The second strand is a much more personal quest to re-discover the currently earthly incarnation of a soul mate from across the ages. Again the heartfelt nature of this search radiates out of the pages and the sincerity and conviction of the author cannot be doubted. So intimate at times were the details that I felt uncomfortably voyeuristic.

Embedded as minor sub-plots amongst the major strands are two recognisable psychic quests (in the narrower sense of a psychically driven treasure hunt) which, it will probably come as no surprise to learn given my own interests, were the parts of the book the most engaged me. There is a quest to find an uncut, heart-shaped moldavite pendant in Glastonbury (I’ve previously sought out a moldavite stone myself for a friend who was experiencing some unpleasant out-of-body/sleep paralysis/alien abduction experiences and it has a fascinating history with links to both the Holy Grail and Satan’s crown) and another one to replace a metal and enamel ring which had a design based on a whorl stone from an Orkney island. In typical questing fashion, she lost the original ring, eventually tracked down a replacement (possibly the last one) only to rediscover the original ring where she had already looked for it numerous times.

Apart from that the book is full of familiar “New Age” themes such as crystals, angels, reincarnation, Atlantis and Ascended Masters. Much of this is not, if I’m honest, to my particular taste but there are plenty with whom this will resonate.

Due to the third-person/first-person split, the seamless merging of inner and outer realities and the personal synthesis of an eclectic variety of source material (including positive thinking techniques), I feel that this book fits into a growing field of postmodern personal fiction. I would also include in this category Daniel Pinchbeck’s “2012: The Return of Quetzalcoatl” although the styles and themes of both books are for the most part poles apart.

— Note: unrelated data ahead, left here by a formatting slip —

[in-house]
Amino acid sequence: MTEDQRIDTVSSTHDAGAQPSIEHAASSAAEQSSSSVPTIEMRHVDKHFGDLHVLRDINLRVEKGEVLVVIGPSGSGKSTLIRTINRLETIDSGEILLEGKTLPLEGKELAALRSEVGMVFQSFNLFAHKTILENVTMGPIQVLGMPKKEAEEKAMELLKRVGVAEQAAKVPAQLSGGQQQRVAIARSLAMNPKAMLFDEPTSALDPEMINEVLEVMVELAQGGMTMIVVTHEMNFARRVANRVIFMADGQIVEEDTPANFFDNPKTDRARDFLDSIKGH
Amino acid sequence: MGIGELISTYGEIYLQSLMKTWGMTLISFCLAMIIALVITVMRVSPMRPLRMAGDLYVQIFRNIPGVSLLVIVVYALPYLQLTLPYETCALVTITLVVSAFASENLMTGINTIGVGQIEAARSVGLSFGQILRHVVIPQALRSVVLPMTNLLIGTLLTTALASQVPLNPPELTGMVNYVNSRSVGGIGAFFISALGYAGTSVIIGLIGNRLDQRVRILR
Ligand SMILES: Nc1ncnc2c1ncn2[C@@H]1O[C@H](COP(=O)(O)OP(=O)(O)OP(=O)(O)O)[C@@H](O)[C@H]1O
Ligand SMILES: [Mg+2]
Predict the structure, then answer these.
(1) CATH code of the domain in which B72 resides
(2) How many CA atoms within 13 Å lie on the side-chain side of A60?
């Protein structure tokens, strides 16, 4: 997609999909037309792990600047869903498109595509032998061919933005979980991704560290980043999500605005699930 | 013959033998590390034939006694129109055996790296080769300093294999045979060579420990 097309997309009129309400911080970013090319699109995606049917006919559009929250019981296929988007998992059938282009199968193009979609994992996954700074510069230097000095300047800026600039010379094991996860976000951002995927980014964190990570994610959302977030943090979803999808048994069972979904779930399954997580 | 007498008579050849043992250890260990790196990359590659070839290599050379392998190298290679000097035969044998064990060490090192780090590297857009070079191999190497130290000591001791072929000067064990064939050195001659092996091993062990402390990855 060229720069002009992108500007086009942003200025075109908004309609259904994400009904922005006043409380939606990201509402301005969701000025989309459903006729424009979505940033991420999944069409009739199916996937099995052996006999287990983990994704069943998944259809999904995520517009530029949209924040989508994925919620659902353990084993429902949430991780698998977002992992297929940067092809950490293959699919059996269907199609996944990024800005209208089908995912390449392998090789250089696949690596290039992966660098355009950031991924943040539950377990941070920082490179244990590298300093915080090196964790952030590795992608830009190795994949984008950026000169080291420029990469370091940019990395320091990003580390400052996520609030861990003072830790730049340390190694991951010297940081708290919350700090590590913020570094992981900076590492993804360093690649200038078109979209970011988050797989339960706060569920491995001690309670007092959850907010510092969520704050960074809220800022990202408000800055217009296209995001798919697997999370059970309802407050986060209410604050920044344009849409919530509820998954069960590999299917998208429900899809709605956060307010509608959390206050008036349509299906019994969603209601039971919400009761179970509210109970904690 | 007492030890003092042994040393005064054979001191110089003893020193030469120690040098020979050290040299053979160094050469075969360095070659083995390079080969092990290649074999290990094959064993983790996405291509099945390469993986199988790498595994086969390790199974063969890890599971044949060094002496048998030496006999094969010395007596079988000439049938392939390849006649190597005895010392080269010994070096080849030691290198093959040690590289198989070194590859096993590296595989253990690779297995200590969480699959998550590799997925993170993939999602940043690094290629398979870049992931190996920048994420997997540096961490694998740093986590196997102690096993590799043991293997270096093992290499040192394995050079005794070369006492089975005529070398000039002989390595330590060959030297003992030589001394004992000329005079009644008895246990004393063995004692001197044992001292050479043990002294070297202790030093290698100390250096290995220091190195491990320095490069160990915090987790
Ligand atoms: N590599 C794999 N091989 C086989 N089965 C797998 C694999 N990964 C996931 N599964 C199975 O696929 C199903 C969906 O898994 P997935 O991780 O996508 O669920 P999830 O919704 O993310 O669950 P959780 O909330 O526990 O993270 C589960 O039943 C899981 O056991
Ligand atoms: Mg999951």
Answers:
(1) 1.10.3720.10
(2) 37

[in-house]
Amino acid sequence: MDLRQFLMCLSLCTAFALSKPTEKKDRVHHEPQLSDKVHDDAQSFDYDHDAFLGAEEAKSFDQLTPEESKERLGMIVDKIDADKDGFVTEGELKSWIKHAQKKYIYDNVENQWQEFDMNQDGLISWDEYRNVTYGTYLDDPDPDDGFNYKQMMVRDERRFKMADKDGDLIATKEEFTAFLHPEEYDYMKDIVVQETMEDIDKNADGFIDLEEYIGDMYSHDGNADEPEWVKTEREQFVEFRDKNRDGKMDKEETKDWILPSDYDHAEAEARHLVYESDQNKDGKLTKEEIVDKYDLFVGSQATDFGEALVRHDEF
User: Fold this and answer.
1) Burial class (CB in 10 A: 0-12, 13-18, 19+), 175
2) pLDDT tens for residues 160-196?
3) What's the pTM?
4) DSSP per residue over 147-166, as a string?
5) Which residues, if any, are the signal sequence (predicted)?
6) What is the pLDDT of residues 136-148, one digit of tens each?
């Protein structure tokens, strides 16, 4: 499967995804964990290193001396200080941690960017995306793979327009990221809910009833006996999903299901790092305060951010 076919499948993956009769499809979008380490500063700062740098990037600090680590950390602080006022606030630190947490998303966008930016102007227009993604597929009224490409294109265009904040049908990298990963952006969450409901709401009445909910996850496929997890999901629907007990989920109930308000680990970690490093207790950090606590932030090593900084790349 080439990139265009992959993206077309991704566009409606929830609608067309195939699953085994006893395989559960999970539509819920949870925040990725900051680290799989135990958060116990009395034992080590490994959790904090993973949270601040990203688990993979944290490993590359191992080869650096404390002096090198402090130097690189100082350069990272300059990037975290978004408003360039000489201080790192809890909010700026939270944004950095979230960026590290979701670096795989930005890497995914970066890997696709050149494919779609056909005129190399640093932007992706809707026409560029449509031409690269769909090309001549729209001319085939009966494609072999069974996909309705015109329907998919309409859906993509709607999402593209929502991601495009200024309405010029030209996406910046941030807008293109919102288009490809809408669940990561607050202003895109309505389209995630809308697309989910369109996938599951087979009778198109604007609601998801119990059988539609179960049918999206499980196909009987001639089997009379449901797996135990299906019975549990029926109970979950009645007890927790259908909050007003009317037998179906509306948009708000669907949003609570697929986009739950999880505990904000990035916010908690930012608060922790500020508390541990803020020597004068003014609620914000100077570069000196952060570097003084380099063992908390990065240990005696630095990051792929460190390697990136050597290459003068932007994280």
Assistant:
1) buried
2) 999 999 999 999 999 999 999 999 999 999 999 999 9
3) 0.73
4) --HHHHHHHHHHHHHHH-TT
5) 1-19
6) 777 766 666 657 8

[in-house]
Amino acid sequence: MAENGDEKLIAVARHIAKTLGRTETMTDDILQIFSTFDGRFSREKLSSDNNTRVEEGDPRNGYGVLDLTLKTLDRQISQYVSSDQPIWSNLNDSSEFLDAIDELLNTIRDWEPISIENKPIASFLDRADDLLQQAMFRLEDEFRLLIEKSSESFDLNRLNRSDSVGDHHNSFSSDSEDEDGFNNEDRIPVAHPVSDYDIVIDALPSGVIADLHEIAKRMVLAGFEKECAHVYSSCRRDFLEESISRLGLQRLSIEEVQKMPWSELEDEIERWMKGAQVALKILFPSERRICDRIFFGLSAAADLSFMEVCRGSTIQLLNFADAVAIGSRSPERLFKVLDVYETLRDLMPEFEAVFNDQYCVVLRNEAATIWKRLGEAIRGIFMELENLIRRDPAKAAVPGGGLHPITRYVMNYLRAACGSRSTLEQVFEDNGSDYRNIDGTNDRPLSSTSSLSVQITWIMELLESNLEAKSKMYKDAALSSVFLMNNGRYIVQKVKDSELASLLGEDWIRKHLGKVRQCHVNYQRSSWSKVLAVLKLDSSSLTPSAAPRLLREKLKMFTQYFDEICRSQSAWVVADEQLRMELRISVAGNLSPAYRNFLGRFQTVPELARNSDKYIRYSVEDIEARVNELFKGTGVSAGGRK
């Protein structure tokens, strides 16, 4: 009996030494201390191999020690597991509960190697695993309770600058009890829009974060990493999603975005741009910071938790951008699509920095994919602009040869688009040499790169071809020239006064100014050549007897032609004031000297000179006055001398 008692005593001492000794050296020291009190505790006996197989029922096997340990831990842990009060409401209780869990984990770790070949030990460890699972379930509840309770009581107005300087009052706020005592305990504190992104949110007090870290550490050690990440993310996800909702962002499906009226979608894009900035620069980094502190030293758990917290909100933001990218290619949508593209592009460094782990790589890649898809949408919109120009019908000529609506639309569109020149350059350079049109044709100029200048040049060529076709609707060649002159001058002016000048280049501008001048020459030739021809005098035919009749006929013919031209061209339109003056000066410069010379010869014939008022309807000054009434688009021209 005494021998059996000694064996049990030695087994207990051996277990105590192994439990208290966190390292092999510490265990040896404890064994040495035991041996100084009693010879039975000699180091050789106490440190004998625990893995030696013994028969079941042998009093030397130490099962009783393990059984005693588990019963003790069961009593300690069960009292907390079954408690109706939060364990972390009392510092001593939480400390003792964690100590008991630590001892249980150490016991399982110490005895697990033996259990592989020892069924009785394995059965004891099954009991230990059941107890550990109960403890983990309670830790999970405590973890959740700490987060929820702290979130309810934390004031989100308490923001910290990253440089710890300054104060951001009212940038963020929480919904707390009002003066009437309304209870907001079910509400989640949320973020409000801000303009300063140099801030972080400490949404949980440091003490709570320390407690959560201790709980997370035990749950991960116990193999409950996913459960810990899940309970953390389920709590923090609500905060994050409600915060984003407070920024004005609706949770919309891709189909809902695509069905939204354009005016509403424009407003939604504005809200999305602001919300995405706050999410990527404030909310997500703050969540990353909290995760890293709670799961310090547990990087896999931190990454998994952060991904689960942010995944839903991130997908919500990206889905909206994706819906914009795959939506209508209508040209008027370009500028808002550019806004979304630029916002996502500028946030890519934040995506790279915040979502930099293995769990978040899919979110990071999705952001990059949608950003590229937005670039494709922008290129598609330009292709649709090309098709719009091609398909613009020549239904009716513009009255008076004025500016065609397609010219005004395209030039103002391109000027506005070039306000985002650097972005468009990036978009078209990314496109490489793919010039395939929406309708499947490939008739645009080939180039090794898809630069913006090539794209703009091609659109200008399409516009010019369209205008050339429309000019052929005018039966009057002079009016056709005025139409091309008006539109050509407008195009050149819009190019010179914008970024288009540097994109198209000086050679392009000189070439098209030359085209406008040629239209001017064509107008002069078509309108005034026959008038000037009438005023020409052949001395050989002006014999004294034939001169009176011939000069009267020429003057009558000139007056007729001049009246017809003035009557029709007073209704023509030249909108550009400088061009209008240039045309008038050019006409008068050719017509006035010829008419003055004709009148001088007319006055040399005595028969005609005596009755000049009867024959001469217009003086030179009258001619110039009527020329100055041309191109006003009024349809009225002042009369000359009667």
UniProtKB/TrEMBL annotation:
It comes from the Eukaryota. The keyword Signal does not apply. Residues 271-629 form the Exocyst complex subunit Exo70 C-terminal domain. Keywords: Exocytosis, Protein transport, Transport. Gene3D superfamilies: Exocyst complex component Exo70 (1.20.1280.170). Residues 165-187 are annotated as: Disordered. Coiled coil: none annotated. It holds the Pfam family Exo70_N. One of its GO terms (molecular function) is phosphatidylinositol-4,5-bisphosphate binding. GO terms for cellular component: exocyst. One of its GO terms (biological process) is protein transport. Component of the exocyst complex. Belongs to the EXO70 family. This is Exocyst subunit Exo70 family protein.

In summary then I would describe this as a brave account of one woman’s inner struggle and the daring vision that she brings forth from the turbulence. It is also a selfless vision of a better world (I suspect that it’s partly because my own visualisations centre around me on warm beaches with copious cocktails that The Universe hasn’t yet seen fit to send a winning lottery ticket my way) and for that Louise Langley deserves support and admiration. I wish her, and the Ether Foundation, the very best and if “The Sacred Quest” is anything to go by then if anyone has the determination and drive to carry it off, she does.